WPI Reaches to Future Students

Contact: WPI Media Relations, +1-508-831-5706

Forensics at Camp ReachWORCESTER, Mass. -- July 24, 2004 -- To increase young women's interest and confidence in the fields of engineering, science and technology, Worcester Polytechnic Institute is hosting its eighth annual, award-winning summer program called Camp Reach. The two-week long residential curriculum, running from July 25 through August 6, blends field trips, workshops and group projects together to both teach 30 Massachusetts girls about to enter seventh grade the importance of team work in engineering and also to help them gain confidence in themselves.

The combination of effectiveness in promoting engineering, unique design projects, and the camp's continuing communication throughout the year with the campers helped Camp Reach earn the 2003 Women in Engineering Program Award, as well as Honorable Mention in the SME Education Foundation's Building the Future Award for 2004.

Each year the students break up into teams to solve one of three projects to gain first-hand experience with real-world problem solving. Each team is comprised of ten campers, two or three high school juniors or seniors, and one middle school teacher who all work together applying traditional engineering problem solving methods to their project. This year's projects are:

  • Addressing and improving the maintenance problems of the Worcester YWCA day care center playground
  • Creating a more effective use of the storage room for the American Cancer Society sponsored Hope Lodge in Worcester
  • Developing a window display strategy for the new Regional Environmental Council's Chandler Street offices

The teams work together three to four hours a day for two weeks while the Reach co-directors assist the groups in addition to the middle school teachers and high school teacher assistants with general guidance.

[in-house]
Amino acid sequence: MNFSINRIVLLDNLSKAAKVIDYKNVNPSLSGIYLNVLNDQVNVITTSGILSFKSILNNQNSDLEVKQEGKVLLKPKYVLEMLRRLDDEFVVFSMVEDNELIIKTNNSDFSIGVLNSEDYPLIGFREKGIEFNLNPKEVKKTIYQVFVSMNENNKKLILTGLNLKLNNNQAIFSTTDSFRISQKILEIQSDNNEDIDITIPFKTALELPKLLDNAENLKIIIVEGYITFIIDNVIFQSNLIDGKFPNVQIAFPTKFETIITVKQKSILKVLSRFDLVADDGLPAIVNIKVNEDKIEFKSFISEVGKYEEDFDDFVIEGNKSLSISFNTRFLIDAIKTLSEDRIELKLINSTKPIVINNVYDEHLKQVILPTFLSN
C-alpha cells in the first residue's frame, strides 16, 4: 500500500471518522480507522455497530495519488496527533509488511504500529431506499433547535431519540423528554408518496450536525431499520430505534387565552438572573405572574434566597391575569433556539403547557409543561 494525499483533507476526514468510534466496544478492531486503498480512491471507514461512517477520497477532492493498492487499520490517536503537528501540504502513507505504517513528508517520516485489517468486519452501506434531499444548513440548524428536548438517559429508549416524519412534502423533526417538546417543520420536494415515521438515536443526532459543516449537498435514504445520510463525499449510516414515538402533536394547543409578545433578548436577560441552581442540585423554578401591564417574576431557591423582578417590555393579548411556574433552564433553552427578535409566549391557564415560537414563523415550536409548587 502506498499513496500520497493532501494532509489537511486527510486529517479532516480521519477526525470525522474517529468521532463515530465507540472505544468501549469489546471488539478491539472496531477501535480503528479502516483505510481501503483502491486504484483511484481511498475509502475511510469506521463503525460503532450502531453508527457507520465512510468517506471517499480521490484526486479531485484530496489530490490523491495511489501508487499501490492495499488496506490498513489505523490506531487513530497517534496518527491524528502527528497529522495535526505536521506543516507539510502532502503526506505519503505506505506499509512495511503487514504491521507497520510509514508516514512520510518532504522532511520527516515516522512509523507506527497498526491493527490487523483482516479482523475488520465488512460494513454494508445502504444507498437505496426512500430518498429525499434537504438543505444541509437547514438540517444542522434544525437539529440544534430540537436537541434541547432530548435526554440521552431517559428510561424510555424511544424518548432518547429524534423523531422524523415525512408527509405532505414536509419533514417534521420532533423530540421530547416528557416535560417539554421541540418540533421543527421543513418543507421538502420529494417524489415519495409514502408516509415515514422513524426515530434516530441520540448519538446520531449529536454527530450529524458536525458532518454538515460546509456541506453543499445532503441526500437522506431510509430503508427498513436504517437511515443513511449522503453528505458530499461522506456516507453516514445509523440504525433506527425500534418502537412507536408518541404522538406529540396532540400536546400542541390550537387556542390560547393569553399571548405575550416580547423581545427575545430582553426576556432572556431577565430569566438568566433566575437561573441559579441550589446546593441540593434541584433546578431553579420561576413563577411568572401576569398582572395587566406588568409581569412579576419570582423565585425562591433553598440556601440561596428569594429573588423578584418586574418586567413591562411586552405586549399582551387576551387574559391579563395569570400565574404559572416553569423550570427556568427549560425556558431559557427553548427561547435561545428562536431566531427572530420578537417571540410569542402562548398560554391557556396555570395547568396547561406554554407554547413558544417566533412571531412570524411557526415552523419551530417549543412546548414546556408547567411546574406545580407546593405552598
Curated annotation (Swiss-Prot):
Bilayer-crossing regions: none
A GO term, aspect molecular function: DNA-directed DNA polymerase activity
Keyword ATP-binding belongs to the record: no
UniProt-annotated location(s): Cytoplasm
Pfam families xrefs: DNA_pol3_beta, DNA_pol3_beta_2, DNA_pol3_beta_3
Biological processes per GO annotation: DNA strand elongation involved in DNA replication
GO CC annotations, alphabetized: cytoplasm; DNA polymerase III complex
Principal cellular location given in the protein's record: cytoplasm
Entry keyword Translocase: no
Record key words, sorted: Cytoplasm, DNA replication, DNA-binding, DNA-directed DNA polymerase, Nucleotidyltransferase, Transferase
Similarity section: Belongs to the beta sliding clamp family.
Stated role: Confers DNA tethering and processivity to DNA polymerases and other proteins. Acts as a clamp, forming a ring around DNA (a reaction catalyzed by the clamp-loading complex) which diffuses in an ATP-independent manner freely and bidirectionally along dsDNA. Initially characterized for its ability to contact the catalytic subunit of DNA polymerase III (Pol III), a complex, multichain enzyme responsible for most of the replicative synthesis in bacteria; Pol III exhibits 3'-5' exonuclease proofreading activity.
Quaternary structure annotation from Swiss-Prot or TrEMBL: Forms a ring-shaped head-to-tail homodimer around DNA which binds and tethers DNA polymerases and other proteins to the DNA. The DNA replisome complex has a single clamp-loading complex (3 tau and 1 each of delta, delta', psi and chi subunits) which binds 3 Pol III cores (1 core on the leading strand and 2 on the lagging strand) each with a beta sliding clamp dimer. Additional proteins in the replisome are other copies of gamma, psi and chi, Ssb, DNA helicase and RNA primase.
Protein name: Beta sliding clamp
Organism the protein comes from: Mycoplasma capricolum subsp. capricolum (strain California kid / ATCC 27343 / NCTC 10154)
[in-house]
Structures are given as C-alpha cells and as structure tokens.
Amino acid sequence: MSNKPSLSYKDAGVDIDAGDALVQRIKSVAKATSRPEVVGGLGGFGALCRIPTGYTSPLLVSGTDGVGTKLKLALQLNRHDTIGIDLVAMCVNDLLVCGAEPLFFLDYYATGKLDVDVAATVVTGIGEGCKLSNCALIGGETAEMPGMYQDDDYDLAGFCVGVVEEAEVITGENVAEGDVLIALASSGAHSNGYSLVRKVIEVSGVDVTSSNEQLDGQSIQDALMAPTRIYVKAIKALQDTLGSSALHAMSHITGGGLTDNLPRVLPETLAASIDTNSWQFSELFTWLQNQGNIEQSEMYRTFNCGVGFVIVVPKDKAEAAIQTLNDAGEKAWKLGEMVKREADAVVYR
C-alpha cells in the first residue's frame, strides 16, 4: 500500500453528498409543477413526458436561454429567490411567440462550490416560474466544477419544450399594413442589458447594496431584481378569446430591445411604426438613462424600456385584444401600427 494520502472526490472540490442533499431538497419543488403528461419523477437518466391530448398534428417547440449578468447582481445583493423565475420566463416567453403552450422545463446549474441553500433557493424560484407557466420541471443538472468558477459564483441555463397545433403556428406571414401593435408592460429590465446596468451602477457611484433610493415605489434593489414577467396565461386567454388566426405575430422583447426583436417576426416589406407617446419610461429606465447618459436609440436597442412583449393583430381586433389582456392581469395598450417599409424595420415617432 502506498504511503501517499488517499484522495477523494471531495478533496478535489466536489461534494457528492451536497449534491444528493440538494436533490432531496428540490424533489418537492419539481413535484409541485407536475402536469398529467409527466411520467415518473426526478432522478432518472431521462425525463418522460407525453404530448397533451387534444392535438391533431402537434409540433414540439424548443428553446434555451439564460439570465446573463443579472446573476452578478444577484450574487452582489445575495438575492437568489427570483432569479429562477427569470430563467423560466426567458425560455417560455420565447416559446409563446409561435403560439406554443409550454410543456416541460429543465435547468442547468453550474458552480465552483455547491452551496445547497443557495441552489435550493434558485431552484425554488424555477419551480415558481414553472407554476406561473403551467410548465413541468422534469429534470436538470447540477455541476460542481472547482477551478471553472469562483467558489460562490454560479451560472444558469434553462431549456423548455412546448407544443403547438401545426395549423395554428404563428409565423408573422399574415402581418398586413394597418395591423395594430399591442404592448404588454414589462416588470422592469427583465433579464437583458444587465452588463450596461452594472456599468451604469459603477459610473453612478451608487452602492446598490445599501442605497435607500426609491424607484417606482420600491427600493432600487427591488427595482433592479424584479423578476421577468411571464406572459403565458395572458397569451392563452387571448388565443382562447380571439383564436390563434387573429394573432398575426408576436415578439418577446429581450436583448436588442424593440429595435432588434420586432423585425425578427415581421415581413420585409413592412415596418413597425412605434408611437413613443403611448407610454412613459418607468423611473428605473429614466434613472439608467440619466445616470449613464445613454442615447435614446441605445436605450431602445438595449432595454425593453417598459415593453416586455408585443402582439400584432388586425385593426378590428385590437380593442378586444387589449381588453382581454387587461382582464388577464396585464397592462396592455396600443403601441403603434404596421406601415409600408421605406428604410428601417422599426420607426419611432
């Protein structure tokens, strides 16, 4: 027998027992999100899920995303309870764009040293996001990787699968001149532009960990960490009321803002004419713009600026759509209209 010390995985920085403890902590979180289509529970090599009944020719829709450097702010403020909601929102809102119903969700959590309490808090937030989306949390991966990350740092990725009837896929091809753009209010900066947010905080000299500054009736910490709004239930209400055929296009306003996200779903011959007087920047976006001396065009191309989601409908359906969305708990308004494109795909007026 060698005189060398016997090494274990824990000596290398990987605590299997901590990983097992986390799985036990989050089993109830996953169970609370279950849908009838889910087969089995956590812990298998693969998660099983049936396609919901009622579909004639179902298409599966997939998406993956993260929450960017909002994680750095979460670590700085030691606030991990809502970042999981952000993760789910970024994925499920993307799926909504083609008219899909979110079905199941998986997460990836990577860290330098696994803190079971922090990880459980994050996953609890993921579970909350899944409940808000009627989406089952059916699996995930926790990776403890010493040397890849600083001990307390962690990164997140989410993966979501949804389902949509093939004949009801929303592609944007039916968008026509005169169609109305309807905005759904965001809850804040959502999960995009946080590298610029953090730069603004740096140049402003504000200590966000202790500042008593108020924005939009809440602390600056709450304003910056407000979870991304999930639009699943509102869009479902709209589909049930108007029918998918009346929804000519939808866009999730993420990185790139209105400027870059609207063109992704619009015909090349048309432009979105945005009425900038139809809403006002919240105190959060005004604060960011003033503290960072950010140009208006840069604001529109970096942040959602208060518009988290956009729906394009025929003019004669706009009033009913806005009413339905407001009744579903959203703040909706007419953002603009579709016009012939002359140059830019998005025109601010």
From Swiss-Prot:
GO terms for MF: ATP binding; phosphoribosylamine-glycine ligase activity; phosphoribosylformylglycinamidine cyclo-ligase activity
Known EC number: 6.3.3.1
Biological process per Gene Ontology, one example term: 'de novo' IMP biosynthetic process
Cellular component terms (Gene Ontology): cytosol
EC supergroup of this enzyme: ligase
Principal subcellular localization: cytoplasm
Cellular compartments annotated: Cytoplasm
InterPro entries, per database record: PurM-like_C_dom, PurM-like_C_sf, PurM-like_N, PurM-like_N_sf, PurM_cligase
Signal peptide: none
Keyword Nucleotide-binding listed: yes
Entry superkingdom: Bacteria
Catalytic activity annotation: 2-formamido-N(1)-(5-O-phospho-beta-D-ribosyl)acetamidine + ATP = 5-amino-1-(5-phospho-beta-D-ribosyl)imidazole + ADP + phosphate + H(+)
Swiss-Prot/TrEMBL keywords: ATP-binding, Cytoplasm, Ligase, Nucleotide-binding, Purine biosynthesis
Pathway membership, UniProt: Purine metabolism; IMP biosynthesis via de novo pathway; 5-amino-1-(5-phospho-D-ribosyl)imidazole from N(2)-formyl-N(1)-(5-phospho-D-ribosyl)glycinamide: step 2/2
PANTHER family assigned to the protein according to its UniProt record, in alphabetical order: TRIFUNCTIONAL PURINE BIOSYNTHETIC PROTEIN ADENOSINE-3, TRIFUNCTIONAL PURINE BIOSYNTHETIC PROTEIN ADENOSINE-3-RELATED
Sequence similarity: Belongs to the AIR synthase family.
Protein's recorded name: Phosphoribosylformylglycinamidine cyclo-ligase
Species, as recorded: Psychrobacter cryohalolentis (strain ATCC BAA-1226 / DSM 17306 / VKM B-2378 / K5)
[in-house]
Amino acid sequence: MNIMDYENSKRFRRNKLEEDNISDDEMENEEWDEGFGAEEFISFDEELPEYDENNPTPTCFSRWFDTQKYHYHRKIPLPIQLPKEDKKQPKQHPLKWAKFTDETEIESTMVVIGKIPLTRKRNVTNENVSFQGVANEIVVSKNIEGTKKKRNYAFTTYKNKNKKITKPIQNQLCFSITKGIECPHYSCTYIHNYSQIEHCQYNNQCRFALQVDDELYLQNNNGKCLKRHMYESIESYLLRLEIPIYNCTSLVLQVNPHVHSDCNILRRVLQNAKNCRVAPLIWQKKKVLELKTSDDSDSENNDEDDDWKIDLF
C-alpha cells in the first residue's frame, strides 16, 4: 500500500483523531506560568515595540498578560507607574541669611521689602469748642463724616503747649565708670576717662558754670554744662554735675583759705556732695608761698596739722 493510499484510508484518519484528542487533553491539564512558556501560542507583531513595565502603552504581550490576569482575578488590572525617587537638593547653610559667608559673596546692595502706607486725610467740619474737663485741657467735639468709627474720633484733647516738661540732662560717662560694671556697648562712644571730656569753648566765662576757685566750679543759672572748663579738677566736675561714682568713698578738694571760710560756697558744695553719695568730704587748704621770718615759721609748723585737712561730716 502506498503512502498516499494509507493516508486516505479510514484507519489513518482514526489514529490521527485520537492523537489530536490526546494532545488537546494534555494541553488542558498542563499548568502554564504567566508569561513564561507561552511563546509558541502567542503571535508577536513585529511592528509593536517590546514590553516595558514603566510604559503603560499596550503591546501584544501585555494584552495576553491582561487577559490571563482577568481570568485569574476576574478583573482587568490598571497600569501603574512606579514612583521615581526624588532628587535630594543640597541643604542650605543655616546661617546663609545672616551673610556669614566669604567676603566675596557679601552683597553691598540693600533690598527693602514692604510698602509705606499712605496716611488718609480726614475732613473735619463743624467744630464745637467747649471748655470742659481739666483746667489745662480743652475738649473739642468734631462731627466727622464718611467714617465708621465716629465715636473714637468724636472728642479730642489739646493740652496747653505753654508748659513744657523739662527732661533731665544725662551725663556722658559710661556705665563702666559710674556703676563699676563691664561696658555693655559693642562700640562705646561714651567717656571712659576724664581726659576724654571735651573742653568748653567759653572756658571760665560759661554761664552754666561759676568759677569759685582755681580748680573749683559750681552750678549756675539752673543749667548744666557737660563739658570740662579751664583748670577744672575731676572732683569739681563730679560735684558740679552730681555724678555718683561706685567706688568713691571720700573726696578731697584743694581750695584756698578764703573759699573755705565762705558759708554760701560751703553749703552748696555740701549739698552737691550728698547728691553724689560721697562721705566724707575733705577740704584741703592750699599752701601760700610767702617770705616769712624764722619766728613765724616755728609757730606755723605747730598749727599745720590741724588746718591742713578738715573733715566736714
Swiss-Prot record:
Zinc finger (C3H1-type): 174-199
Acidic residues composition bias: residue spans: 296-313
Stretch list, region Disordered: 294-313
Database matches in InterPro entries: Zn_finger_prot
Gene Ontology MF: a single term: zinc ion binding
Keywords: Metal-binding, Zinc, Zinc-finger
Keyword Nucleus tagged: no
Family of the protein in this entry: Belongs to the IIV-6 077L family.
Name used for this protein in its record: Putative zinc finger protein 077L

"To help the students learn about engineering problem solving techniques, each organization is treated as a customer," says Chrysanthe Demetry, co-director of Camp Reach and WPI associate professor of mechanical engineering. "The groups will have meetings with their customers to find out what the problems and limitations are and will come up with the project priorities. The groups will need to find a way to solve the problem, satisfy their customer, and remain inside their provided budget. Another great part of the camp is that the organizations implement the girls' concepts over the following year so the campers get to see their ideas being utilized."

In addition to the projects, students also work with WPI professors in various scientific workshops to highlight ways engineering manifests itself in their day-to-day life. This year's eight workshops range from building a radio, to solving a mysterious jewel theft through the use of forensics, as well as dissecting and designing shoes, to the importance of building dynamics and material properties illustrated by traveling to Cape Cod to build sandcastles.

Unlike most camps that end as the students drive away on the last day, Camp Reach is designed to linger after participants leave campus. WPI remains in contact with the campers over the following year through newsletters, reunions, and information sessions for the parents. The camp also provides former campers with the opportunity to come back to be teachers assistants among the all female staff while becoming mentors and role models to the campers. The program also demonstrates that, while engineering fields are largely dominated by men, the preteen girls should not become discouraged or feel uncertain about pursuing a bachelor of science degree.

WPI offers many other camps to challenge students as they make their way through middle and high school.

  • The Frontiers Program (July 11-23, 2004) is a two-week on-campus curriculum where high school juniors and seniors have the opportunity to study and work with full time WPI professors
  • Strive (July 11-17, 2004) is a one-week on-campus program for African-American, Latino, and Native American students in any high school year to explore engineering
  • GEMS (July 18-24, 2004) is another one-week on-campus program for girls grades 10-12 to experiment with science and engineering with WPI's hands-on approach
  • GEMS Jr. (August 2-6, 2004) is a five day commuting program for girls entering the eight and ninth grades that want to explore science and engineering through hands-on activities